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wine and politics A tweet over the holidays unearthed some residual controversy over wine writer Jon Bonné’s article from last summer on the occasion of Anthony Bourdain’s death. Essentially, Jon Bonné’s point was that wine writing is in danger of becoming “fanboy literature”, ignoring the seamy side of the wine industry, and we need more Bourdain-type journalists who expose the truth.

Amber Lebeau at Spitbucket has a nice summary of the recent tweetstorm controversy which pitted Bonné against one Maureen Downey who was insisting wine and politics should seldom mix.

My initial reaction when the piece on Bourdain was published was supportive but conflicted. There should be more investigation of the political dimensions of wine but I hesitated over Bonne’s claim that we should judge the “moral condition” of the winemakers whose product we consume, if only because in most cases I know little about a winemaker’s “moral condition”.

But the original article implicitly raises a general question that is nicely framed by Amber—”are wine and politics strange bedfellows or drinking buddies?”

It’s important to emphasize that it’s beyond ridiculous to assert that wine writers shouldn’t write about political issues germane to the wine industry. That includes diversity in the wine business, the status of immigration and the treatment of immigrant labor, labor abuses including sexual harassment, climate change, the use of chemicals in the vineyard, and the closeting of great wines available only to the super rich. It goes without saying that writers who discuss politically –charged issues should be competent and well informed.

But I want to focus on the contrary argument alluded to in Bonné’s original article

It is an industry that, because it’s viewed by outsiders as a nice little escapist haven from the real world, has a nearly pathological aversion to its less-than-perfect side.

Many of the tweets, as well as Amber’s post, expressed a desire for wine to be that safe haven that Bonne dismisses as escapist.

Is wine a safe space, an arena of aesthetic pleasure and conviviality which will be inevitably compromised by the conflicts and tensions of politics?

There is no doubt that the wine industry is selling romance. Wine is a symbol of the sweet life, a life of ease, pleasure and conviviality. I don’t think we can fault the industry for selling that because wine quite naturally lends itself to that image. (It is more than that as well, but I will leave that discussion for another day.)Thus, it isn’t surprising that many people see wine as a safe space, a place where the tribulations of the world can be suspended if only for a moment, and we can put aside differences and rejoice in the pleasures of life.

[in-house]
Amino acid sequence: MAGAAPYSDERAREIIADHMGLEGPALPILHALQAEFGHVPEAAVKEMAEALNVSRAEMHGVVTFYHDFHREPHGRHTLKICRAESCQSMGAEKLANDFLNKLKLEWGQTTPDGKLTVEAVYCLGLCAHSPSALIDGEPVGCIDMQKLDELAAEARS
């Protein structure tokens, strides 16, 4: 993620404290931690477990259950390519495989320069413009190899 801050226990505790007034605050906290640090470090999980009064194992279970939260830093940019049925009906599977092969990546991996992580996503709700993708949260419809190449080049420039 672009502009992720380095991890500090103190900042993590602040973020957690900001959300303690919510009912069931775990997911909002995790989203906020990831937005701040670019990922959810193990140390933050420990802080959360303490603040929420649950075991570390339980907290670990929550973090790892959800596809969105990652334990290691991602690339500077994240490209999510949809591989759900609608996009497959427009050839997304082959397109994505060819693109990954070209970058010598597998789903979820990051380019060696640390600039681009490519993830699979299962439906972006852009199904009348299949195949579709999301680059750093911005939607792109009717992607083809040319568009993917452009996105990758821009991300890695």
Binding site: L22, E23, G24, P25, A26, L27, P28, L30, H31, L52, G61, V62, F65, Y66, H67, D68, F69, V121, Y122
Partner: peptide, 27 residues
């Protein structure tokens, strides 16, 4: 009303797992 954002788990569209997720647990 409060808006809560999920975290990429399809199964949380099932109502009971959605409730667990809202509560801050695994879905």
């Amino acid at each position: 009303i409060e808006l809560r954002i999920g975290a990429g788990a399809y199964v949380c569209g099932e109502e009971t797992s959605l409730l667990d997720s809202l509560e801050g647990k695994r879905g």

But that portrayal of wine is inherently political.

The enjoyment of wine (and food when enjoyment is the point of consumption) puts our lives outside the time frame of our obsession with the hamster wheel of production and consumption that drives the frantic pace of modern life. Wine prescribes a different use of our time—the time to savor the tissue of moment to moment satisfactions that sustain life’s meaning. With its emphasis on conviviality and good cheer, the wine life puts out of joint the authoritarian production paradigm that pits one person against another in a competitive space with a strict hierarchy in which sharing goes in one direction, toward the top of the organization. By contrast, wine and food occupy the space of hospitality where there is a hierarchy, the carer and the cared for, but relations of reciprocity and interchange are at its essence

The enjoyment of wine is not merely of the sensory properties of wine but the idealized meaning of a way of life. The mythology, the romance, is precisely the point.

But there is a political point to this that cannot be wished away in our zeal to preserve inner peace.

As French philosopher Jacques Rancière writes: “Politics is primarily conflict over the existence of a common stage and over the existence and status of those present on it.” And  Rancière thinks aesthetic objects, such as art but I would guess also wine, play a crucial role in politics so defined. Art defines ways of being together or being apart and changes our assumptions about who or what belongs in the same space. (Think of paintings or films that put people or objects in a shared space quite different from their juxtaposition in ordinary life.)

Rancière calls this the “partition of the sensible”. Aesthetic practice takes part in the “partition of the sensible” insofar as it suspends the ordinary coordinates of sensory experience and reframes the network of relationships we engage in by situating them in a different space and time, and by revising our perceptions of what is common and what is singular.

Wine defines a common stage, a particular way of being together outside the time and space of the production paradigm. But as such it then cannot turn around and ignore questions about who gets to be on the stage and what their relationships are. Or to put the point differently, the romance of wine precludes judgments like “I don’t have time for you” or “my pleasure depends on your pain”.

If wine is about pleasure and hospitality, we can’t forget about the hospitality side of the equation—the question of whose pleasure and how it is being served is just part of the territory.

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